Bin Salman’s uncles and thousands of cousins would raise the issue of his policy failures. If hitherto Bani Saud have maintained clan solidarity, it was precisely out of fear that everyone would lose if things fell apart. This argument cuts both ways. If Bin Salman’s policies pile up more disasters — and there is no reason to believe they will not given his failures so far — the other clan members will not remain silent. They will demand his removal before he destroys everything.

A possible scenario would be to push Bin Salman out as king but the question of succession will loom large. Given the stakes, everyone would maintain that he is most qualified to take over. Clan warfare is bound to erupt and it is safe to assume it would be a messy and ugly affair. Once the bloodletting and throat slitting ends, there may not be much left of the Bani-Saud clan. We can’t wait for that day!


The Saudi-Qatari spat is neither about Qatar supporting terrorism, nor about its support of the Muslim Brotherhood, or even its non-hostile relations with Iran. True, crude Bedouin mentality has a lot to do with the nasty brawl between Bani Saud and al-Thanis in Qatar, but a much bigger game is being played out. At the root lies Bani Saud’s demand that all regimes in the region submit to their diktat. Those falling out of line will face the Najdi Bedouins’ wrath.

The Najdi Bedouins may be living in air-conditioned palaces with marble-tiled floors and extravagant drapes today but at heart they remain Bedouins. Crudity is in their genes. After all, would a pig become a beautiful woman even if it were dressed in fancy clothes with massive amounts of lipstick splashed on it? It remains a pig: filthy and smelly.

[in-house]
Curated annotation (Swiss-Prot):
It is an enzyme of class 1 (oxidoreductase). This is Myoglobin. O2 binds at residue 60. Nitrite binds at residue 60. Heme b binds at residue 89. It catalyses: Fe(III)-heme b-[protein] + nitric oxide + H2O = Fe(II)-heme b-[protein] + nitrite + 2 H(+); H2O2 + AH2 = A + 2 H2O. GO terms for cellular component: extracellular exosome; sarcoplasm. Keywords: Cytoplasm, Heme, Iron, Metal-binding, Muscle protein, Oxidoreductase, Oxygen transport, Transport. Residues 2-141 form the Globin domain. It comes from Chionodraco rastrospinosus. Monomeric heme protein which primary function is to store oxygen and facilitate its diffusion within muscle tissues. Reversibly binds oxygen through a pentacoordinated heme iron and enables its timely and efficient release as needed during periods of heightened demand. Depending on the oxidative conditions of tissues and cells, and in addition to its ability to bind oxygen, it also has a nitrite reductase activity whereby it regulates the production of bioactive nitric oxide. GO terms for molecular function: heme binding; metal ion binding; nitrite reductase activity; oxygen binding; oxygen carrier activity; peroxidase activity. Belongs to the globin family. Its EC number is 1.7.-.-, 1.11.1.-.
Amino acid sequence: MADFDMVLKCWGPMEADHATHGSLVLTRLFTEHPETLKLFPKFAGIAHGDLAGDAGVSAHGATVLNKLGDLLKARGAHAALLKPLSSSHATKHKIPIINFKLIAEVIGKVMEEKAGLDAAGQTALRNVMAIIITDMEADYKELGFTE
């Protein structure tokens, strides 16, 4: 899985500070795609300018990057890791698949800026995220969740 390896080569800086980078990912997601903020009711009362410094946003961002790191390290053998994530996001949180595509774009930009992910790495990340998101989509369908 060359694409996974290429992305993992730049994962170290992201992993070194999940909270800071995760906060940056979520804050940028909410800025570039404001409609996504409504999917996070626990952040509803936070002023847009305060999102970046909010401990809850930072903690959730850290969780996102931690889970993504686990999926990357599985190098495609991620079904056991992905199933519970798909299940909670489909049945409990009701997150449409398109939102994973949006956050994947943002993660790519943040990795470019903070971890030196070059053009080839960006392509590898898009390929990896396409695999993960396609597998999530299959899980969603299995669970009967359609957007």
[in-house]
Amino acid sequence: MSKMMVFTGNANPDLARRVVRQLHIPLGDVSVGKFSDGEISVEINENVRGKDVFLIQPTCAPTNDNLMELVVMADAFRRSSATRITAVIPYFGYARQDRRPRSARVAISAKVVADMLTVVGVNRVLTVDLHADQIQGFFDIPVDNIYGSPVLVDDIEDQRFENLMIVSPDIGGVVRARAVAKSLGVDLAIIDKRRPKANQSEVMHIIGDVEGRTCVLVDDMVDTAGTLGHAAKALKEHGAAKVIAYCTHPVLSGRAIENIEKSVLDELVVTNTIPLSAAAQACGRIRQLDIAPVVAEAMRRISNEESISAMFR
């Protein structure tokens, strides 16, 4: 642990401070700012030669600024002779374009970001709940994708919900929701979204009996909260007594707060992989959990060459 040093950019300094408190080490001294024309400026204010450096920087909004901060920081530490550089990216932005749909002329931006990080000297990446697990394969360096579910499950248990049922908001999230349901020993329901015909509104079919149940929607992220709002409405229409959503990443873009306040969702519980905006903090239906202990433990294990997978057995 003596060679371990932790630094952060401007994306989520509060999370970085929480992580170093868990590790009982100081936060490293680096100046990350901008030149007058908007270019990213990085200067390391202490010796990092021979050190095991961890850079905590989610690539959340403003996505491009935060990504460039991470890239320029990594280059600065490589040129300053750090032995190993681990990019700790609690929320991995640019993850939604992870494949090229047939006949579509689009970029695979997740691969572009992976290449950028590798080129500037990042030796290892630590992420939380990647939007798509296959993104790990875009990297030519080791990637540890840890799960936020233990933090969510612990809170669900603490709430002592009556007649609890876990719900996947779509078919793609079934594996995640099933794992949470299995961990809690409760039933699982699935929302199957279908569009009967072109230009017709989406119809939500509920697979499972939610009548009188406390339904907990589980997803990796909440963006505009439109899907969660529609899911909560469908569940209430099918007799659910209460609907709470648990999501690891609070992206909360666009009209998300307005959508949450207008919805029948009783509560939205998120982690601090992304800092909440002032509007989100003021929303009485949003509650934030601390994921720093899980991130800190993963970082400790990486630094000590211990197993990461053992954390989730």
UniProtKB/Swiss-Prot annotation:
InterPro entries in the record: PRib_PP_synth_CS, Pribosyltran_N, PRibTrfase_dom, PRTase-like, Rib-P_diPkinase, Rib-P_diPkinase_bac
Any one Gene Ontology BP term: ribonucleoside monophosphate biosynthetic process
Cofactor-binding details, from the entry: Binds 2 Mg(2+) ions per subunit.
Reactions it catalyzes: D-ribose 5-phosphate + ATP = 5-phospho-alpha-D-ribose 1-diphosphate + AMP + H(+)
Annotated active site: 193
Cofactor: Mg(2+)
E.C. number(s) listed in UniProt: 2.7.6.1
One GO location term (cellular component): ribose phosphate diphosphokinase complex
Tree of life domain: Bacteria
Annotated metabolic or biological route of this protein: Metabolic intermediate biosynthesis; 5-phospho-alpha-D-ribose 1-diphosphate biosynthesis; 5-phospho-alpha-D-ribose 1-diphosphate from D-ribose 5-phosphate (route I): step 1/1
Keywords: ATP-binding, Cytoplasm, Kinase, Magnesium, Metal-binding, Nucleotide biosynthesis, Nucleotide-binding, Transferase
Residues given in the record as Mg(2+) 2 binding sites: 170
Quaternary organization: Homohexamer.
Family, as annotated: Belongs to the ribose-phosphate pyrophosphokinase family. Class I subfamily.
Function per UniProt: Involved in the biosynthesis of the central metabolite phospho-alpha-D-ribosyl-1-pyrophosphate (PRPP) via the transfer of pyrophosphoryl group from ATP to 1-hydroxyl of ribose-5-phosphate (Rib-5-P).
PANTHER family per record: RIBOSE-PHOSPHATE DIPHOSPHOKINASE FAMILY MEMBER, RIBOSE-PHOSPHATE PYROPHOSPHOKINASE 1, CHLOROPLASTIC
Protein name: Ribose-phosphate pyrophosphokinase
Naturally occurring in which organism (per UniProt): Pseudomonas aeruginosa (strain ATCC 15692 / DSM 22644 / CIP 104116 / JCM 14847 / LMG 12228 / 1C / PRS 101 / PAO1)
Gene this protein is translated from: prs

Led by the brash Defence Minister Muhammad bin Salman, Bani Saud have declared war on tiny Qatar to bring it into line. Saudi client regimes — the United Arab Emirates (UAE), Bahrain, Egypt, Maldives (the archipelago of sinking islands!), Mauritania, and the joke government of Libya — were also forced to follow suit. When cash-strapped Tunisia demurred, Bani Saud threatened to cut off their bakhshish.

The Najdi Bedouins accuse the Qataris of supporting terrorism! It is like the prostitutes of Paris accusing the English Collective of Prostitutes of indulging in immorality. True, Qatar has been supporting and financing terrorists in Syria and Iraq but Bani Saud are no better; they are guilty of much bigger crimes.

All terrorist activities worldwide can be traced directly to Saudi Arabia. The Najdi Bedouins provide ideological support, funding, and weapons to the terrorists. The Saudis also fund madrasahs in such places as Pakistan, India, Bangladesh, Malaysia, and Indonesia churning out terrorists by the thousands.

It is not terrorism per se that Bani Saud object to; after all Saudi Arabia is a terror factory. Qatar’s real sin is that it has been supporting the Muslim Brotherhood, which the Saudis, Egyptians, and Emiratis have targeted. While the Najdi Bedouins consider all non-Wahhabis as “heretics” — the overwhelming majority of Sunnis have returned the compliment by declaring that the Wahhabis are not part of Ahl al-Sunnah wa-al-Jama‘ah (see the declaration of some 200 Sunni ‘ulama’ at the Islamic Conference in Grozny, Chechnya on August 25–27, 2016) — the Qataris are more tolerant of non-Wahhabis.